Disney plans gentler Mission: Space

Less than a month after a second person died after riding Mission: Space, Walt Disney World is reworking its hazardous but popular Epcot ride to offer a Mission: Space-lite option for some people.

The thrill ride simulates a spaceship launch, flight and landing with a combination of centrifugal and other motion forces and audio and video “virtual-reality” effects. There are four separate centrifuge systems in the ride building, each with 10 pods that can hold four riders each.

Disney announced Tuesday that it will turn off the centrifuge on at least one system, so that riders who don’t want, or should not try, the spinning may still ride.

The new option would be available by early summer.

A company spokeswoman said the change is not being made because of the April 12 death of a German tourist, Hiltrud Blumel, the death last summer of a 4-year-old boy, Daudi Bamuwamye, or numerous other illness complaints.

Instead, Disney is characterizing the nonspinning ride as an exciting new option.

“By offering a second adventure, we hope to broaden the appeal of Mission: Space and enable even more guests to experience the attraction,” Al Weiss, president of Walt Disney World Resort, said in a prepared statement.

Weiss was not available to be interviewed Tuesday evening. Nor were Walt Disney World Vice President of Epcot Brad Rex, or Walt Disney Parks and Resorts Chief Safety Officer Greg Hale.

Mission: Space has drawn 11.8 million people since it opened in the summer of 2003 and is a favorite of many.

Kim and R.J. Maurice, a sister and brother from Jacksonville, are among them. After they rode it Tuesday, Kim Maurice, 21, said she would ride it 30 more times if she could.

But Mission: Space also draws the most complaints of serious illnesses among all Disney World rides. And it is the only one that includes motion-sickness bags. Besides the two deaths, more than 130 riders have sought medical attention, including 10 reported with serious health effects, since the ride opened.

When asked whether the change was being made because of recent events, Disney spokeswoman Kim Prunty responded, “The answer is no.”

“We are doing this for three reasons,” Prunty said. “To enable even more guests to experience the attraction; to provide an alternative that may be more suited for some guests, such as those who are prone to motion sickness or have other conditions; and to further encourage all guests to carefully consider and heed posted health warnings.”

The ride is safe as designed for people who heed the health warnings, she said. People with cardiovascular problems including hypertension, or who are prone to motion sickness, are warned away by 13 signs, plus video and audio warnings along the ride’s queue.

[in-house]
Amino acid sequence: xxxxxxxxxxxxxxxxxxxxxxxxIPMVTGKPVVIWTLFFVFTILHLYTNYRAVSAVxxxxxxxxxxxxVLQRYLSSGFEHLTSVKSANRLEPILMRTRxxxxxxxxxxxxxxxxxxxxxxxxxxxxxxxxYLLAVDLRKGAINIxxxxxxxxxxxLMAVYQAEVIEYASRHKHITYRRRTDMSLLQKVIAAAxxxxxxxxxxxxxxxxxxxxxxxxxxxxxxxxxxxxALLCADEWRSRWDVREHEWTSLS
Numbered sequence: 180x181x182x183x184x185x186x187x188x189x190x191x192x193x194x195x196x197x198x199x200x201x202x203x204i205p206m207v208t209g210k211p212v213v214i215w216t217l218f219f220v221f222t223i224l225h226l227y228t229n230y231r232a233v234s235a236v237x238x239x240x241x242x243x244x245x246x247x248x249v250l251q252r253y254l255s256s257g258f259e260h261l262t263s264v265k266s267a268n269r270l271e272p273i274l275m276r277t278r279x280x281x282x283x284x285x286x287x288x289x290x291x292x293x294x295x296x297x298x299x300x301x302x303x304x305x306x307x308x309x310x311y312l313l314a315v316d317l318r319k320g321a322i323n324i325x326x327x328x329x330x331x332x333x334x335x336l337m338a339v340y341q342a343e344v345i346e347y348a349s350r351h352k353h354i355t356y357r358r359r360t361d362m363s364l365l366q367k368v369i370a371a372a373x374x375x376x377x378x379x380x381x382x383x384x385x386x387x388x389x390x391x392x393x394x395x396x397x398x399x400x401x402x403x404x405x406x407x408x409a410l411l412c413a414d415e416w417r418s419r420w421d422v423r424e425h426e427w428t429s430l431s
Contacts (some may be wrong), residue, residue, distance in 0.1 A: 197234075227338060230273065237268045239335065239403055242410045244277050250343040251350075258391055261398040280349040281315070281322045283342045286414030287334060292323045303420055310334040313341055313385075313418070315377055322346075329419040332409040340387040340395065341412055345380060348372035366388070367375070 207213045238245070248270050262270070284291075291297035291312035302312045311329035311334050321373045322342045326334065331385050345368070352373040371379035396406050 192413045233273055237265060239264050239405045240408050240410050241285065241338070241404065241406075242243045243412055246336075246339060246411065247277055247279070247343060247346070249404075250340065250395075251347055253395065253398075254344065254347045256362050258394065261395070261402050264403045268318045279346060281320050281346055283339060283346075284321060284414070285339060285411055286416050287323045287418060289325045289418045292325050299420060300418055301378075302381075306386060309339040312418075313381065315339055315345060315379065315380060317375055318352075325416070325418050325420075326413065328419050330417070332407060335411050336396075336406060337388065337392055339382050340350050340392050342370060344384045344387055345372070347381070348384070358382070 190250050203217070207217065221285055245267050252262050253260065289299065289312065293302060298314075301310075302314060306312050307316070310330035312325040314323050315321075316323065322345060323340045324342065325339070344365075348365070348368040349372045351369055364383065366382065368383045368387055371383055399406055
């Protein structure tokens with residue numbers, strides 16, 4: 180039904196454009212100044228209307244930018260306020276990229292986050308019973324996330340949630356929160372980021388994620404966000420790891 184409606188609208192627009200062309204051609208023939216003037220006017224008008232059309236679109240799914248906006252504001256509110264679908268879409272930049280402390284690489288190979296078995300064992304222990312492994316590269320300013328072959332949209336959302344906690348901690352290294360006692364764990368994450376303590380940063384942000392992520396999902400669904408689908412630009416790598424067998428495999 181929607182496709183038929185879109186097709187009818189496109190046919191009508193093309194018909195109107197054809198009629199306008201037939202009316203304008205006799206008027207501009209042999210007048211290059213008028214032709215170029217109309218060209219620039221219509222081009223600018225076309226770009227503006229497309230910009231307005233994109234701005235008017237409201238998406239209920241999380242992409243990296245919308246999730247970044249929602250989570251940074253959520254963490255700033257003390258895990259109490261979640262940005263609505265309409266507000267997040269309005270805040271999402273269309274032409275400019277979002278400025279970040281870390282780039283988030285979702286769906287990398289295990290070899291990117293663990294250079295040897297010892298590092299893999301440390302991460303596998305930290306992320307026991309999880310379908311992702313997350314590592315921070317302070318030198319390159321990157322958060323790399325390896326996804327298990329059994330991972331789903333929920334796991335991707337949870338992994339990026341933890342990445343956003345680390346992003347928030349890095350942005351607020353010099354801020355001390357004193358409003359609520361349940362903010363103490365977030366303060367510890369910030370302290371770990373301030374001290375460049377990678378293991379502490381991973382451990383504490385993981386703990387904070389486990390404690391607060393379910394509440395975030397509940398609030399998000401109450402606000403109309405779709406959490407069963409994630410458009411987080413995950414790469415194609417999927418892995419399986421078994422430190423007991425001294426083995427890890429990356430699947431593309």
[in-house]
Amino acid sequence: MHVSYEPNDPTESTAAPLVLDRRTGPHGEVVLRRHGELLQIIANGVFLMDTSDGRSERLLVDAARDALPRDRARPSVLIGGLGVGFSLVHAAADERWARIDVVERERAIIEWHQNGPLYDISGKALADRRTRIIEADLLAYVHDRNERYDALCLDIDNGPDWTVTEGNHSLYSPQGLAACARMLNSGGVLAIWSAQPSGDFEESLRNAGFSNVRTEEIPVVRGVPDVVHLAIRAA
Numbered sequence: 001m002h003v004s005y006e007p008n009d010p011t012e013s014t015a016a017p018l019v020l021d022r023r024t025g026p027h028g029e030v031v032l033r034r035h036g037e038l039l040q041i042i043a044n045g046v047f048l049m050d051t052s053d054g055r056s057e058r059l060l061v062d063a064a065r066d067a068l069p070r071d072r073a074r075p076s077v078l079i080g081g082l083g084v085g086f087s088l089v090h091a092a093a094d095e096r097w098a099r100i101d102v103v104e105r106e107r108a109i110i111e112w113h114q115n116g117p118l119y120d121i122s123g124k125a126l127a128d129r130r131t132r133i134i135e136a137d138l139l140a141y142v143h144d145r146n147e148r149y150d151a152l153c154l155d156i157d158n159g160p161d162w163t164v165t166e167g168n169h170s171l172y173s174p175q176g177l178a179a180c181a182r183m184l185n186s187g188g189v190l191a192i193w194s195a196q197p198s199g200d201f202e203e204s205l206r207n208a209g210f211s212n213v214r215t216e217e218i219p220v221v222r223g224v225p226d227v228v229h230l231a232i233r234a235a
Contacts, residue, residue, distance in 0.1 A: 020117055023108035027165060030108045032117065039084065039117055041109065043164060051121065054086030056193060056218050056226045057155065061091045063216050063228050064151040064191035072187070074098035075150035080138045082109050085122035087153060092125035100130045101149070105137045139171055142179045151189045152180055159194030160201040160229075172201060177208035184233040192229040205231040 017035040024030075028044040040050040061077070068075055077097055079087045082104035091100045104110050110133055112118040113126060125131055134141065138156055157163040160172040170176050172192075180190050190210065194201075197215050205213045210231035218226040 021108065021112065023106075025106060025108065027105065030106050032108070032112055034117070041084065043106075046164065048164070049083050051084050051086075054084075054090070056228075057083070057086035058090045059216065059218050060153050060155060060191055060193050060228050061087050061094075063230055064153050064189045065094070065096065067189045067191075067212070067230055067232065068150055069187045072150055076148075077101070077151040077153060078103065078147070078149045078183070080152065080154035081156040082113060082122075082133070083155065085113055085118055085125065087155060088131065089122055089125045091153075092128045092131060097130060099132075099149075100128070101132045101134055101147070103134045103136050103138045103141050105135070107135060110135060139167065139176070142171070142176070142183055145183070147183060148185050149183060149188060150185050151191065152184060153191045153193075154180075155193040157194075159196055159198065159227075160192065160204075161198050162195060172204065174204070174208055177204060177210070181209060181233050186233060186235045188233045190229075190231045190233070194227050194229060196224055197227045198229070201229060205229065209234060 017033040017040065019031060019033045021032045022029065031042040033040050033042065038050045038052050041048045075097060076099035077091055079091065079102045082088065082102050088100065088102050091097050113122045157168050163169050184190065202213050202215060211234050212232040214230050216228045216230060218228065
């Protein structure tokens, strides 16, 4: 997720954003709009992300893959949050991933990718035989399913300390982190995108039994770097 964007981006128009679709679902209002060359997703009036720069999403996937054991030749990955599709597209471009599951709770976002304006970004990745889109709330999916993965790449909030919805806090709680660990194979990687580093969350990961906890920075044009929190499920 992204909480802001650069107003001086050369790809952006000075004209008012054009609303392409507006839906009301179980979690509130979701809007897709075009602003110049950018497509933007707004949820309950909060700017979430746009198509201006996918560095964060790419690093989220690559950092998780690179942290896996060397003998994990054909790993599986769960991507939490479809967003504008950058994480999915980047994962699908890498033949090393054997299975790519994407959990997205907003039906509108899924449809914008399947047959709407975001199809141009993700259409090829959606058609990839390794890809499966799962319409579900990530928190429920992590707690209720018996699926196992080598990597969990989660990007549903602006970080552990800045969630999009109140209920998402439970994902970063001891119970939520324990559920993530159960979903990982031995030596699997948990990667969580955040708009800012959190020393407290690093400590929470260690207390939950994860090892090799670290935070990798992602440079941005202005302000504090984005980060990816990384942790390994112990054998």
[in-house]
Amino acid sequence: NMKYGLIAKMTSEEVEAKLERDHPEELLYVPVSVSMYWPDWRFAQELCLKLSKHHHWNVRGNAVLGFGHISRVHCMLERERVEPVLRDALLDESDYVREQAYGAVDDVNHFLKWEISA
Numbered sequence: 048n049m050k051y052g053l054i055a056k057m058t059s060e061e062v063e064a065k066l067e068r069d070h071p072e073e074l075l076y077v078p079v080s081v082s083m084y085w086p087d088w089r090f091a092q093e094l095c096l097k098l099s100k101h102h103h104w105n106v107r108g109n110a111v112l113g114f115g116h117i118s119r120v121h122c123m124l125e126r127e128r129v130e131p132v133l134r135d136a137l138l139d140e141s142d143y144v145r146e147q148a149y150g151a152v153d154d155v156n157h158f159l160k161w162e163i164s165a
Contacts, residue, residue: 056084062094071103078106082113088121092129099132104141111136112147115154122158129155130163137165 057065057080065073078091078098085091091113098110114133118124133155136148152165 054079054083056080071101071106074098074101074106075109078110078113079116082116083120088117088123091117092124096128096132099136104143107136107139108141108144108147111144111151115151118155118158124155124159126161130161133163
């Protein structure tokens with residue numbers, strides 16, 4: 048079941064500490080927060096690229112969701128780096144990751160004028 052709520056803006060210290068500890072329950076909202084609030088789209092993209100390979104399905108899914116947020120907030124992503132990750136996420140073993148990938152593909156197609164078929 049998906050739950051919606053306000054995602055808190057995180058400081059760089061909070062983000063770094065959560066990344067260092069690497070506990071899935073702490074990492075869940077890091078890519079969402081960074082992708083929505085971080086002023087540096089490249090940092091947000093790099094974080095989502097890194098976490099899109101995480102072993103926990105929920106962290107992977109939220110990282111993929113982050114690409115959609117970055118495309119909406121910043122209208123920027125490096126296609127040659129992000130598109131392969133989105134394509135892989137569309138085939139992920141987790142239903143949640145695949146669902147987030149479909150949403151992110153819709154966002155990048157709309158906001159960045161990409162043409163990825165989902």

Since the April 12 death, Mission: Space lines consistently have been far shorter than those at Epcot’s two other major rides, Soarin’ and Test Track. Tuesday evening, the posted wait time for Mission: Space was five minutes, compared with 40 for Soarin’ and 30 for Test Track, a typical spread in recent weeks.

Without the centrifugal force — which the military and NASA have used for decades to help simulate flight and spaceflight — the ride would be more like Star Tours at Disney-MGM Studios or Back to the Future at Universal Studios. Both simulate flight experiences with rocking, rising and falling motions and video and audio.

Disney is still working out the operational details, Prunty said.

Other rides offer options. Many roller coasters, for example, allow riders to choose the front car. Typically, the queue splits just before the boarding area.

Prunty said Mission: Space warning signs will make the choices clear.

Many Epcot guests were considering the current warnings Tuesday, and some said they would think about riding the alternative if it were available. Kirk and Cosette Steehler of Erie, Pa., sat out the ride while two of their children rode.

They weren’t worried about serious problems but said they didn’t want to get sick. Kirk Steehler said he has gotten sick before on simulator rides.

“If it was toned down, I’d probably go on it,” Cosette Steehler said.

Theme-park analysts and ride-safety proponents welcomed the change.

“It sounds like a reasonable step for a self-regulated park to take,” said Kathy Fackler, founder and president of SaferParks, a California-based organization crusading for independent ride-safety reviews.

But some said they think Disney is reacting to the deaths and illnesses.

“I think it’s because of the problems they’ve had with it,” said Steve Baker, president of Baker Leisure Group, an Orlando-based theme-park consulting firm. “So I guess they [Disney officials] have got to, without scuttling the whole ride, try something, and make the liability less, to say, ‘We’ve gone to great lengths to offer you a safe ride. What else are we going to do?’ “

Nationally, some rides, notably The Rattler at Fiesta Texas, in San Antonio, and Son of Beast, at Kings Island, in Ohio, were changed after injury complaints.

But Dennis Speigel, president of International Theme Park Services in Cincinnati, said he knows of no park that ever offered a less-intense alternative following complaints.

Speigel said he thought the second option is a “logical extension.” He said it should encourage more people with health concerns to take the warnings seriously, because they’ll have more choices than just to ride or not to ride.

“I would imagine that if there was a question, and somebody realistically addressed that, they will stop and say, ‘Well, maybe I will take the less intense ride,’ ” he said.

Scott Powers can be reached at spowers@orlandosentinel.com or 407-420-5441. Beth Kassab can be reached at bkassab@orlandosentinel.com or 407-420-5448.



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